If we've taken the time to develop a model like the one in Figure 5, and then developed our performance scripts to represent that model, most likely it will be very easy for us to modify those scripts to reflect workload changes in the model. For example, in many tools, if I swap my New User and Member percentages, it's a simple variable change to reflect that in my scenario. I can then run the test again and create the response-time degradation curve for that new scenario. It might look something like Figure 6.
Figure 6 Home page response-time degradation curve with a greater percentage of new users.
What we find with this scenario is that by increasing the number of new users, we're increasing the number of users who need to create an account before they can make a purchase. This has an overall effect of raising the home page response time by about 20% because of the increased load on the server, due to users remaining in session longer and the server having to process more transactions for each user.
This variance is a good example of the ways in which you may want to vary your workload models while testing. This variant works on the assumption that the model initially developed was for the application while it was in production, after it had been in production for some time. That model neglected the fact that when the application is initially released, there will be no existing members. All users will be new users. If we had gone to production based on the first test alone, we would have lost the business of the unfortunate new users who couldn't access the home page because our server was too busy creating accounts for other users.
This is an example of including business scenarios in your testing. Following are some other examples:
Seasonal sales variances. Fewer users search during the winter because they know what they're going to purchase. More users search in the summer because they're looking for a couple of new books to read over a break, but have no real preferences in mind when they go to the site.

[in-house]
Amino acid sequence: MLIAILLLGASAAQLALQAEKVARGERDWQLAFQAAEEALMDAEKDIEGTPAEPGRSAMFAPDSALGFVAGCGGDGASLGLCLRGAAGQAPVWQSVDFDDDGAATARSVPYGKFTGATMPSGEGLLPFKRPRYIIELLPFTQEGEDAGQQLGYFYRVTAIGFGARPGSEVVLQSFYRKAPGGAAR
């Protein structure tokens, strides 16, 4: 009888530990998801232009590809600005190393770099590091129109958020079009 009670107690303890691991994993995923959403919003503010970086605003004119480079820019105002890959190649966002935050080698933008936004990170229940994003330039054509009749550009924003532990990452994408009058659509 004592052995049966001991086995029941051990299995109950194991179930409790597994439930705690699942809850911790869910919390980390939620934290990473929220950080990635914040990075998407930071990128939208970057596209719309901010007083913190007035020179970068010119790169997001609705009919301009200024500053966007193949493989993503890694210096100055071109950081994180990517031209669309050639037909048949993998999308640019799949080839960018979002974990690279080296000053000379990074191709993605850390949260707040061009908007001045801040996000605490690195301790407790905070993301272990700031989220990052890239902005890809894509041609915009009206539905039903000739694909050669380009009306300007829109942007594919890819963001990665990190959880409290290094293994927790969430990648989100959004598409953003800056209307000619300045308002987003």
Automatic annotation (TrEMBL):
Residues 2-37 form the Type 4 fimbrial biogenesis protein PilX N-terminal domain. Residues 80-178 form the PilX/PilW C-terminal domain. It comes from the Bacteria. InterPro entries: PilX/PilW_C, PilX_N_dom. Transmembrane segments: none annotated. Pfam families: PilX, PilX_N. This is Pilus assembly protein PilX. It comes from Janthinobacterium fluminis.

New product releases. We decide to add CD sales to the web site. Not only will it shift how many administrators are on the site adding new product; it may also increase searching on the web site for the first few months in which the new products are available, and then over time the usage pattern simply matches that of books.
Advertising campaigns or a partnership with another vendor. Suppose we partner with Discover Card to offer a 10% discount to all Discover Card users on the site. While this may or may not affect load, it will most likely have a short-term effect on the usage pattern of existing members as they update their account information to switch their primary method of payment to Discover.
Many more examples are possible, and this is just for an eCommerce web site. None of the examples above necessarily affect load. That is, regardless of the scenario, we're still attempting to prove our 150-user requirement. Notice that I didn't include purchasing a Super Bowl commercial. The resulting 500,000-user load generated from that scenario is outside the requirement's scope.
The intent is to learn new information about the application so we can determine whether a) we have the correct requirement; b) a requirement has been fulfilled; and c) we need to perform other tests based on the new information uncovered with this testing. Through this type of testing, we can both confirm that the application really does what we think it does and learn information that may help us identify possible requirements omissions.
Correlating Performance Plateaus and Stress Areas for Each Scenario
So what do you do with all of these degradation curves once you've generated them? Let's look at correlating that data into some more useful format. Conceptually, we want to overlay all of this information so we can look at performance plateaus and stress areas side by side (see Figure 7).
Figure 7 Conceptual overlay of response-time degradation curves.
Remember that we're not interested in what's broken—well, we are, but that's not what we're focusing on right now. We're focusing on what works within the system. We want to know what functionality appears to be stable, regardless of how we (realistically) vary the user scenarios for any given user load. To do that, we need to look at performance plateaus (the best performance you can expect without further performance tuning) and stress areas (the max recommended user load at which the application "degrades gracefully").